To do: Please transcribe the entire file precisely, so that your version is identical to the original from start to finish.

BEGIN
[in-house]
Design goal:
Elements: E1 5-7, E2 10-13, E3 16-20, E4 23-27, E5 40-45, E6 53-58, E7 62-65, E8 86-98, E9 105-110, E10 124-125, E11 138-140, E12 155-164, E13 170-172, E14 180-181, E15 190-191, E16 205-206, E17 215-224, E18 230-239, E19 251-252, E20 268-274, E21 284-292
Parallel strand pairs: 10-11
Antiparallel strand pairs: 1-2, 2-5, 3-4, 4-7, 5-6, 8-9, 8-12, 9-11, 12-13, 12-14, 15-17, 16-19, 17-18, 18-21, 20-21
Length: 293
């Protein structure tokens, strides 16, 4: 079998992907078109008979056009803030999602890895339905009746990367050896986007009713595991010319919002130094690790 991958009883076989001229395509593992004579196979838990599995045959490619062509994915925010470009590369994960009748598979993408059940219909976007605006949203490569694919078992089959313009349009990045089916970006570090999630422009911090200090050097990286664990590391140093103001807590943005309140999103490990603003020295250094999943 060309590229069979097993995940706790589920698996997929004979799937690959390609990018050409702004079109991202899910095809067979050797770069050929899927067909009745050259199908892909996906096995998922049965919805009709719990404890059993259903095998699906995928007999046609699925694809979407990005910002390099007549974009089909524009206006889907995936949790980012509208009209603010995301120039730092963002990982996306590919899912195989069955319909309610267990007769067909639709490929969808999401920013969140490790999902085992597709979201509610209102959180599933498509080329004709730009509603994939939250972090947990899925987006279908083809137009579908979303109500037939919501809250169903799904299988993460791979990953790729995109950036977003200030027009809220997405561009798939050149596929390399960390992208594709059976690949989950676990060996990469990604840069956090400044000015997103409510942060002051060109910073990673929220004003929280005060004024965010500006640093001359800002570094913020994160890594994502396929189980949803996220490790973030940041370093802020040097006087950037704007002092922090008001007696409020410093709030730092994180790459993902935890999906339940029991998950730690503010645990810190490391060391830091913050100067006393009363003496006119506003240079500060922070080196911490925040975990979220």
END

[in-house]
Design goal:
Elements: E1 5-7, E2 10-13, E3 16-20, E4 23-27, E5 40-45, E6 53-58, E7 62-65, E8 86-98, E9 105-110, E10 124-125, E11 138-140, E12 155-164, E13 170-172, E14 180-181, E15 190-191, E16 205-206, E17 215-224, E18 230-239, E19 251-252, E20 268-274, E21 284-292
Parallel strand pairs: 10-11
Antiparallel strand pairs: 1-2, 2-5, 3-4, 4-7, 5-6, 8-9, 8-12, 9-11, 12-13, 12-14, 15-17, 16-19, 17-18, 18-21, 20-21
Length: 293
């Protein structure tokens, strides 16, 4: 079998992907078109008979056009803030999602890895339905009746990367050896986007009713595991010319919002130094690790 991958009883076989001229395509593992004579196979838990599995045959490619062509994915925010470009590369994960009748598979993408059940219909976007605006949203490569694919078992089959313009349009990045089916970006570090999630422009911090200090050097990286664990590391140093103001807590943005309140999103490990603003020295250094999943 060309590229069979097993995940706790589920698996997929004979799937690959390609990018050409702004079109991202899910095809067979050797770069050929899927067909009745050259199908892909996906096995998922049965919805009709719990404890059993259903095998699906995928007999046609699925694809979407990005910002390099007549974009089909524009206006889907995936949790980012509208009209603010995301120039730092963002990982996306590919899912195989069955319909309610267990007769067909639709490929969808999401920013969140490790999902085992597709979201509610209102959180599933498509080329004709730009509603994939939250972090947990899925987006279908083809137009579908979303109500037939919501809250169903799904299988993460791979990953790729995109950036977003200030027009809220997405561009798939050149596929390399960390992208594709059976690949989950676990060996990469990604840069956090400044000015997103409510942060002051060109910073990673929220004003929280005060004024965010500006640093001359800002570094913020994160890594994502396929189980949803996220490790973030940041370093802020040097006087950037704007002092922090008001007696409020410093709030730092994180790459993902935890999906339940029991998950730690503010645990810190490391060391830091913050100067006393009363003496006119506003240079500060922070080196911490925040975990979220």